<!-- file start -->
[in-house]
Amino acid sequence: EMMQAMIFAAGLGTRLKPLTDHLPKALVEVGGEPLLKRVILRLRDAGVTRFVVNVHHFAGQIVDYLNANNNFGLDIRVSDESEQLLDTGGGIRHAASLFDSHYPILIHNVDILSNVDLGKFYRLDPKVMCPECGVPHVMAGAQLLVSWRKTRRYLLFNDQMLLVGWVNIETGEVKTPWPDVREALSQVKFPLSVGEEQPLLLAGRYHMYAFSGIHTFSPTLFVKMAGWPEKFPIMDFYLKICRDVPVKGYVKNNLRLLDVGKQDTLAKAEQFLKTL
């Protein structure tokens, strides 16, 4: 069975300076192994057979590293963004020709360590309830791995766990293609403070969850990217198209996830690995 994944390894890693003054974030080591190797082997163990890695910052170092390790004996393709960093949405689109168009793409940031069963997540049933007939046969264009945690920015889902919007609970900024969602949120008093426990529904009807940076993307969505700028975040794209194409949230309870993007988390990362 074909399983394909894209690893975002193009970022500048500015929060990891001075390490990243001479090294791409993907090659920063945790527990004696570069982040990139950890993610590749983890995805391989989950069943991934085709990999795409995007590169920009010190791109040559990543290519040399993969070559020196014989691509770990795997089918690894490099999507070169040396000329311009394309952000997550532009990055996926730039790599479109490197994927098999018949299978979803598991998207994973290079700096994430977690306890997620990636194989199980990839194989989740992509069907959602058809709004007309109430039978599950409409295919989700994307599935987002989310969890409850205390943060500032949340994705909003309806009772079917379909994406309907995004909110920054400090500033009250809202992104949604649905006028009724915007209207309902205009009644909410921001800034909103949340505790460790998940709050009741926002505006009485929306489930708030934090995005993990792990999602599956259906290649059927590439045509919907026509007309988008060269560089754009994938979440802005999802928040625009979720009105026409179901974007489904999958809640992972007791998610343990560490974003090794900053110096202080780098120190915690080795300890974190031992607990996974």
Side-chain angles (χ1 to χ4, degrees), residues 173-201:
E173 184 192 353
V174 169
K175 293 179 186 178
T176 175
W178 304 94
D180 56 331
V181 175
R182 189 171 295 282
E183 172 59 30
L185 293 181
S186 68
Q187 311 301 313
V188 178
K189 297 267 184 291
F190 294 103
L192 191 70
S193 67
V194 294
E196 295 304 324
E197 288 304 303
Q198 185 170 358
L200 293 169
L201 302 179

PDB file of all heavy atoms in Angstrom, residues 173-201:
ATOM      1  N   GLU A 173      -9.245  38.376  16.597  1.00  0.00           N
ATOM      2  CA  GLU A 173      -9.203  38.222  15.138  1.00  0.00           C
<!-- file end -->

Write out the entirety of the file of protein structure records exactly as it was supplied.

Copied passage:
[in-house]
Amino acid sequence: EMMQAMIFAAGLGTRLKPLTDHLPKALVEVGGEPLLKRVILRLRDAGVTRFVVNVHHFAGQIVDYLNANNNFGLDIRVSDESEQLLDTGGGIRHAASLFDSHYPILIHNVDILSNVDLGKFYRLDPKVMCPECGVPHVMAGAQLLVSWRKTRRYLLFNDQMLLVGWVNIETGEVKTPWPDVREALSQVKFPLSVGEEQPLLLAGRYHMYAFSGIHTFSPTLFVKMAGWPEKFPIMDFYLKICRDVPVKGYVKNNLRLLDVGKQDTLAKAEQFLKTL
């Protein structure tokens, strides 16, 4: 069975300076192994057979590293963004020709360590309830791995766990293609403070969850990217198209996830690995 994944390894890693003054974030080591190797082997163990890695910052170092390790004996393709960093949405689109168009793409940031069963997540049933007939046969264009945690920015889902919007609970900024969602949120008093426990529904009807940076993307969505700028975040794209194409949230309870993007988390990362 074909399983394909894209690893975002193009970022500048500015929060990891001075390490990243001479090294791409993907090659920063945790527990004696570069982040990139950890993610590749983890995805391989989950069943991934085709990999795409995007590169920009010190791109040559990543290519040399993969070559020196014989691509770990795997089918690894490099999507070169040396000329311009394309952000997550532009990055996926730039790599479109490197994927098999018949299978979803598991998207994973290079700096994430977690306890997620990636194989199980990839194989989740992509069907959602058809709004007309109430039978599950409409295919989700994307599935987002989310969890409850205390943060500032949340994705909003309806009772079917379909994406309907995004909110920054400090500033009250809202992104949604649905006028009724915007209207309902205009009644909410921001800034909103949340505790460790998940709050009741926002505006009485929306489930708030934090995005993990792990999602599956259906290649059927590439045509919907026509007309988008060269560089754009994938979440802005999802928040625009979720009105026409179901974007489904999958809640992972007791998610343990560490974003090794900053110096202080780098120190915690080795300890974190031992607990996974």
Side-chain angles (χ1 to χ4, degrees), residues 173-201:
E173 184 192 353
V174 169
K175 293 179 186 178
T176 175
W178 304 94
D180 56 331
V181 175
R182 189 171 295 282
E183 172 59 30
L185 293 181
S186 68
Q187 311 301 313
V188 178
K189 297 267 184 291
F190 294 103
L192 191 70
S193 67
V194 294
E196 295 304 324
E197 288 304 303
Q198 185 170 358
L200 293 169
L201 302 179

PDB file of all heavy atoms in Angstrom, residues 173-201:
ATOM      1  N   GLU A 173      -9.245  38.376  16.597  1.00  0.00           N
ATOM      2  CA  GLU A 173      -9.203  38.222  15.138  1.00  0.00           C